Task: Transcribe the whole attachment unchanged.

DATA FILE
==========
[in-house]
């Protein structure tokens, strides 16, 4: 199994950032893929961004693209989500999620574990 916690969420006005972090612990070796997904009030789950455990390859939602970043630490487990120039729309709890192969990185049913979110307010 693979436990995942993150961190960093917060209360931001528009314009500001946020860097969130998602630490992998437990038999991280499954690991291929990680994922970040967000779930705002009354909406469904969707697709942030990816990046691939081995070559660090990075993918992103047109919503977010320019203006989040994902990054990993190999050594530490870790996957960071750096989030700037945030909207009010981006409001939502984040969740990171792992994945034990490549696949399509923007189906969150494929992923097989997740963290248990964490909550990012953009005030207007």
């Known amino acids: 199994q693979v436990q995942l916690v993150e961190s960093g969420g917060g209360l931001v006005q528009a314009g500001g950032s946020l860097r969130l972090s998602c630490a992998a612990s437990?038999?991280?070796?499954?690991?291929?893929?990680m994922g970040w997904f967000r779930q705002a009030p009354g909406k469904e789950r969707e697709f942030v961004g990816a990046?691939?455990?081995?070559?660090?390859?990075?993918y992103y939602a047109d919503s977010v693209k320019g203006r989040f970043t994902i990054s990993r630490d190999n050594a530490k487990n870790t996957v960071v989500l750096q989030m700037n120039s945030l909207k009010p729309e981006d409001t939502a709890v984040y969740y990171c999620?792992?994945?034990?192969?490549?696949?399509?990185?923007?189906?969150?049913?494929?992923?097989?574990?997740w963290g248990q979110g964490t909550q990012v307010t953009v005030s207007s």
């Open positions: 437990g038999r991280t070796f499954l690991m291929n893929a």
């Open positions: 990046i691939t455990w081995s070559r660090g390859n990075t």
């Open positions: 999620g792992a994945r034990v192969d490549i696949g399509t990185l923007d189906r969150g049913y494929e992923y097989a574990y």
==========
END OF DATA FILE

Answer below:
[in-house]
């Protein structure tokens, strides 16, 4: 199994950032893929961004693209989500999620574990 916690969420006005972090612990070796997904009030789950455990390859939602970043630490487990120039729309709890192969990185049913979110307010 693979436990995942993150961190960093917060209360931001528009314009500001946020860097969130998602630490992998437990038999991280499954690991291929990680994922970040967000779930705002009354909406469904969707697709942030990816990046691939081995070559660090990075993918992103047109919503977010320019203006989040994902990054990993190999050594530490870790996957960071750096989030700037945030909207009010981006409001939502984040969740990171792992994945034990490549696949399509923007189906969150494929992923097989997740963290248990964490909550990012953009005030207007």
């Known amino acids: 199994q693979v436990q995942l916690v993150e961190s960093g969420g917060g209360l931001v006005q528009a314009g500001g950032s946020l860097r969130l972090s998602c630490a992998a612990s437990?038999?991280?070796?499954?690991?291929?893929?990680m994922g970040w997904f967000r779930q705002a009030p009354g909406k469904e789950r969707e697709f942030v961004g990816a990046?691939?455990?081995?070559?660090?390859?990075?993918y992103y939602a047109d919503s977010v693209k320019g203006r989040f970043t994902i990054s990993r630490d190999n050594a530490k487990n870790t996957v960071v989500l750096q989030m700037n120039s945030l909207k009010p729309e981006d409001t939502a709890v984040y969740y990171c999620?792992?994945?034990?192969?490549?696949?399509?990185?923007?189906?969150?049913?494929?992923?097989?574990?997740w963290g248990q979110g964490t909550q990012v307010t953009v005030s207007s």
């Open positions: 437990g038999r991280t070796f499954l690991m291929n893929a």
């Open positions: 990046i691939t455990w081995s070559r660090g390859n990075t």
């Open positions: 999620g792992a994945r034990v192969d490549i696949g399509t990185l923007d189906r969150g049913y494929e992923y097989a574990y």